tea-party  politics  revolution  violence  reform  fantasy  psychology  ideology  right-wing  conservatism  just-war  cognition  dissonance  loyalty  con  fraud  media 
january 2011 by tsuomela
Julian Assange and the Computer Conspiracy; “To destroy this invisible government” « zunguzungu
Most of the news media seems to be losing their minds over Wikileaks without actually reading these essays, even though he describes the function and aims of an organization like Wikileaks in pretty straightforward terms. But, to summarize, he begins by describing a state like the US as essentially an authoritarian conspiracy, and then reasons that the practical strategy for combating that conspiracy is to degrade its ability to conspire, to hinder its ability to “think” as a conspiratorial mind. The metaphor of a computing network is mostly implicit, but utterly crucial: he seeks to oppose the power of the state by treating it like a computer and tossing sand in its diodes.
wikileaks  secrecy  authoritarian  revolution  conspiracy  collective-intelligence 
december 2010 by tsuomela
PublicAffairs Books: THE NET DELUSION
In this spirited book, journalist and social commentator Evgeny Morozov shows that by falling for the supposedly democratizing nature of the Internet, Western do-gooders may have missed how it also entrenches dictators, threatens dissidents, and makes it harder—not easier—to promote democracy. Buzzwords like "21st-century statecraft" sound good in PowerPoint presentations, but the reality is that "digital diplomacy" requires just as much oversight and consideration as any other kind of diplomacy.
internet  freedom  culture  politics  revolution 
november 2010 by tsuomela
How dictators watch us on the web – Prospect Magazine « Prospect Magazine
Evgeny Morozov   18th November 2009  "The internet is meant to help activists, enable democratic protest and weaken the grip of authoritarian regimes. But it doesn’t—in fact, the web is a boon for bullies"
politics  power  social-media  social-networking  twitter  facebook  revolution  government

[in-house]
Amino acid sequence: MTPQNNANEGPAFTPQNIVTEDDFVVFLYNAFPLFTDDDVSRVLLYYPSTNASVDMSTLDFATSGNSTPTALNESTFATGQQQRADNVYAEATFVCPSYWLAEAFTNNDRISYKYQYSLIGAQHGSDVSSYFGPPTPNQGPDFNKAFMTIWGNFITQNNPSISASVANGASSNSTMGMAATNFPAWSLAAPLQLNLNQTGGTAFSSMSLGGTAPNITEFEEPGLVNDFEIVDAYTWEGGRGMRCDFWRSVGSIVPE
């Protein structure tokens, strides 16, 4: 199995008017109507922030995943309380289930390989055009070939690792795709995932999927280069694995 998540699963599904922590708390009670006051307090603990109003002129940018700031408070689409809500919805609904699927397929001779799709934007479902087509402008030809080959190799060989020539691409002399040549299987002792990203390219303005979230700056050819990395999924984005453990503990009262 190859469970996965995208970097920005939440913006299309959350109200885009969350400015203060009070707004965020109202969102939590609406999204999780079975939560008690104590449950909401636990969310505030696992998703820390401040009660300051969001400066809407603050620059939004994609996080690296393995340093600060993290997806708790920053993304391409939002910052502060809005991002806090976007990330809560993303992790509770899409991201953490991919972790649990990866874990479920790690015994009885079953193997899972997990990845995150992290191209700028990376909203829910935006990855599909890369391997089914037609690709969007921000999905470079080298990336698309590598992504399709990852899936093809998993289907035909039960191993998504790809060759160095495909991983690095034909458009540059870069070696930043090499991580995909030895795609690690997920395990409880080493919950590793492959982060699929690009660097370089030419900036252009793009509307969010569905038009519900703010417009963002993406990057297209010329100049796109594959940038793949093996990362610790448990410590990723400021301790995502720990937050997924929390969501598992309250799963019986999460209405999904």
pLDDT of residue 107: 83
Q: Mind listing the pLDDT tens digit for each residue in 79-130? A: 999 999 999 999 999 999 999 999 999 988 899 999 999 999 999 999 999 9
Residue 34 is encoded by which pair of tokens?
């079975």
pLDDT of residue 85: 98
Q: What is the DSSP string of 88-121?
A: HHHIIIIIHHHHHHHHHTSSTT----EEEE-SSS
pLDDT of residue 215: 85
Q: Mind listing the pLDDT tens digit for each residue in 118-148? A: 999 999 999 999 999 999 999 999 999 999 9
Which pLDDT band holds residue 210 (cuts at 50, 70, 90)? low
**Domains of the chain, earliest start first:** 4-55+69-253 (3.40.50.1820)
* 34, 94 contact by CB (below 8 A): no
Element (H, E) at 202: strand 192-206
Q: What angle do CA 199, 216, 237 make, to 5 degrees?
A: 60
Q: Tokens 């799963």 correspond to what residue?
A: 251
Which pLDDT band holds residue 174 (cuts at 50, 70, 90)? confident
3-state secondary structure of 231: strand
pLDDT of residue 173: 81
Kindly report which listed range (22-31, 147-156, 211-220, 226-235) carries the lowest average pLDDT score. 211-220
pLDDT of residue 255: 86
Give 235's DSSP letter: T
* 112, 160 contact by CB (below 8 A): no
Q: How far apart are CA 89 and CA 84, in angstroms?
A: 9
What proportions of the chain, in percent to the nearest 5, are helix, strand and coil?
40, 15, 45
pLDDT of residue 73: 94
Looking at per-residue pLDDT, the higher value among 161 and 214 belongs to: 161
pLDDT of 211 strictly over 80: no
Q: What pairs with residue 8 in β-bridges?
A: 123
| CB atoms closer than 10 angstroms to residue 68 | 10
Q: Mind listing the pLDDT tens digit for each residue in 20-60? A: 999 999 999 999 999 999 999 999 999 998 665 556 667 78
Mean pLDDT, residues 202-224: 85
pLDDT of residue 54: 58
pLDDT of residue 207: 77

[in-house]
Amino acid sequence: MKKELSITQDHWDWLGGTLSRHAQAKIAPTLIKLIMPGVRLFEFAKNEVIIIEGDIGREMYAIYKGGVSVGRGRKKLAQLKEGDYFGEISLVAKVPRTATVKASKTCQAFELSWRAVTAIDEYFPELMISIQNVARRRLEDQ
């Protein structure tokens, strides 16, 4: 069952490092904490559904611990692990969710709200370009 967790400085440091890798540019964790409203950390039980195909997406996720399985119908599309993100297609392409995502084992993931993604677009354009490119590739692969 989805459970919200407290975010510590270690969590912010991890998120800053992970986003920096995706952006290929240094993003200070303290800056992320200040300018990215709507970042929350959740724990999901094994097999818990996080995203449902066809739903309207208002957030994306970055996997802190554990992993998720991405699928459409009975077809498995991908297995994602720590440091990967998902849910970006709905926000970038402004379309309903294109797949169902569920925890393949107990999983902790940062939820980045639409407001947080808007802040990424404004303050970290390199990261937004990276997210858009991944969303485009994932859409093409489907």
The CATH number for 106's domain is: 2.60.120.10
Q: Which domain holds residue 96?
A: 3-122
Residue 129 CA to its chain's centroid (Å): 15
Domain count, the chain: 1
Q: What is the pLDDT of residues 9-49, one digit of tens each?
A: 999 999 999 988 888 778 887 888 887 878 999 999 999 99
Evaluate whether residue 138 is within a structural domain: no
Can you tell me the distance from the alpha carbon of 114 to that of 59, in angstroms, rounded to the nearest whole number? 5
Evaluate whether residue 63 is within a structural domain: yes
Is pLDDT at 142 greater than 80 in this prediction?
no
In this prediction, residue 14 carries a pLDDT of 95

october 2010 by tsuomela / Comment / Opinion - On the brink of a new age of rage
by Simon Schama - "Historians will tell you there is often a time-lag between the onset of economic disaster and the accumulation of social fury. In act one, the shock of a crisis initially triggers fearful disorientation; the rush for political saviours; instinctive responses of self-protection, but not the organised mobilisation of outrage. Whether in 1789 or now, an incoming regime riding the storm gets a fleeting moment to try to contain calamity. If it is seen to be straining every muscle to put things right it can, for a while, generate provisional legitimacy."
economics  recession  crisis  business  banking  finance  justice  revolution  anger  emotion  politics  history 
june 2010 by tsuomela
Books of The Times - ‘Marx’s General’ by Tristram Hunt - Humanizing Engels - Review -
In his new book, “Marx’s General: The Revolutionary Life of Friedrich Engels,” Tristram Hunt argues that Engels has become a convenient scapegoat, too easily blamed for the state crimes of the Soviet Union and Communist Southeast Asia and China.
marxism  history  communism  19c  revolution  capitalism  about(KarlMarx) 
august 2009 by tsuomela
fisking miller and rachman’s revolutionary check-list «
The Economist’s Andrew Miller, a.k.a. Bagehot, has engaged Gideon Rachman of the Financial Times in a back-and-forth about the building blocks of revolution. They list criteria that would, if met, point toward revolution in Iran and they conclude that most of these antecedents are present in Iran today, suggesting that revolution is at possibly hand.
revolution  politics  change  iran  social 
july 2009 by tsuomela
Intellectuals at the Gates by Adam Kirsch, City Journal 6 March 2008
Democracy Denied, 1905–1915: Intellectuals and the Fate of Democracy, by Charles Kurzman
intellectual  revolution  history  sociology  change  politics  1h20c  1900s  1910s 
march 2009 by tsuomela